Most Americans won’t notice. It passed in the shadow of James B. Comey’s Senate testimony, a supernova news event. There was no premature Rose Garden celebration, and there won’t be angry town-hall meetings coast-to-coast

But House Republicans on Thursday notched their second victory this year in moving to dismantle President Obama’s legislative legacy. On a 233-186 vote that earned no Democratic support, the House approved the Financial CHOICE Act, gutting the 2010 Dodd-Frank law enacted in the aftermath of the Wall Street meltdown. 

My colleague Renae Merle has a rundown of the Thursday action here, including a look at how the 600-page bill would ravage the financial regulatory regime. 

No actual changes are imminent. Like the much higher-profile health-care bill that preceded it, the deregulation package faces long odds in the Senate.

Longer, even, considering Senate Banking Committee Chairman Michael Crapo (R-Idaho) so far intends to work with Democrats on a version that can gather at least 60 votes, and the House bill is stuffed with non-starters for the minority party:

“There’s a less than five percent chance anything gets enacted through legislation,” Dan Ryan, PwC’s Banking and Capital Markets Leader, said in an interview. A banking lobbyist emailed on condition of anonymity so he could be candid: “This thing doesn’t have a pulse.”

Some smaller pieces of the rollback could still gain traction in the Senate, where Crapo on Thursday kicked off a series of hearings aimed at forging a consensus approach. “I could even stretch and say there are some good ideas in CHOICE,” Rep. Jim Himes (D-Conn.), a former Goldman Sachs banker who now leads the moderate New Democrat Coalition, said in a recent interview. “They’ve always been bound with pretty toxic stuff for Democrats.”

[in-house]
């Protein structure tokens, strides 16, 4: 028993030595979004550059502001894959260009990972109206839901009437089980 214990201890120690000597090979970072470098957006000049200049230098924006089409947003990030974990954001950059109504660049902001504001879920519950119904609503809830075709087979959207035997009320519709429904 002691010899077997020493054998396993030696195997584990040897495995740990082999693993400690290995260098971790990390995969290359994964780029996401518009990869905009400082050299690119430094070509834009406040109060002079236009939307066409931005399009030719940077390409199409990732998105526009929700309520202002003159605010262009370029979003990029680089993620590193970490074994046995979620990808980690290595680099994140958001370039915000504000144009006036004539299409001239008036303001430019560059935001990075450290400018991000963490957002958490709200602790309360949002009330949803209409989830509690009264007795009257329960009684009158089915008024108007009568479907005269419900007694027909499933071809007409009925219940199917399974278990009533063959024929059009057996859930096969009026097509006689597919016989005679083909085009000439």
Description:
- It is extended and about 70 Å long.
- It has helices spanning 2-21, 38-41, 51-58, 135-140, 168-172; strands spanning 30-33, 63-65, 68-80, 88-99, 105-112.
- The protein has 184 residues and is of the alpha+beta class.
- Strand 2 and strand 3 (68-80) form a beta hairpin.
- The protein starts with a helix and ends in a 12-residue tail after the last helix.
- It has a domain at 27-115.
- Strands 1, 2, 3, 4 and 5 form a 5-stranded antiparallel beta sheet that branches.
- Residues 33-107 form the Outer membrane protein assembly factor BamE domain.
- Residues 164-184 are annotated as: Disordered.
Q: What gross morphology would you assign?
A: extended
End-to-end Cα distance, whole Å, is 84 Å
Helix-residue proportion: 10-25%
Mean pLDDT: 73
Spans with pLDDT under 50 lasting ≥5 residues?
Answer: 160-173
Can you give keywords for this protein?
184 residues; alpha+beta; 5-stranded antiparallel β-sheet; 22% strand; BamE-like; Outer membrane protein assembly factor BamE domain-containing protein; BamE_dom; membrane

(What you need to know about the Financial CHOICE Act, in two minutes:)

Aides and lobbyists close to the process point to a handful of CHOICE ideas that may survive the trip across the Capitol.

Senate Democrats have expressed an openness to tweaking the annual stress tests that big banks now undergo; promoting capital formation by easing crowdfunding rules for startups; and paring back some of the regulations on regional and community banks.

Other major aims of the House Republican bill — relaxing the ban on certain proprietary investments imposed by the Volcker Rule, for example — could be accomplished by regulators.

And while Senate Democrats would strenuously object to any attempt to scrap the Consumer Financial Protection Bureau or the authority for the FDIC to seize a failing firm, both core to Dodd-Frank, Republicans in both chambers are eyeing pushing those changes through budget rules that would allow them to pass the Senate with a simple majority. 

Crapo is in no hurry. He’s indicated he’s aiming to pass legislation early next year. 


Comey basically called Trump a liar. Here’s why that’s a big deal:

-- Partisan affiliation appeared to go a long way toward determining how people viewed Comey’s blockbuster testimony Thursday. But investors, for their part, largely agreed that the former FBI director’s presentation was not as damaging as it could have been — or, at least, not so devastating that it further imperils President Trump’s agenda. Markets that had been braced for worse closed up on the day. 

PredictIt, the online prediction market, reached the same conclusion, showing the likelihood of the president’s removal from office dropping after Comey’s testimony. But U.K. bookmaker Ladbrokes reached the opposite conclusion, hiking the probability that Trump is impeached. [Correction: The original Fortune story cited here on Ladbrokes misstated the change in impeachment odds. This post has been updated.]

-- Trump himself was minutes away from setting a new record for his longest absence from Twitter since declaring his candidacy. Then he broke his silence on Comey's testimony by appearing to accuse the former FBI director of lying under oath: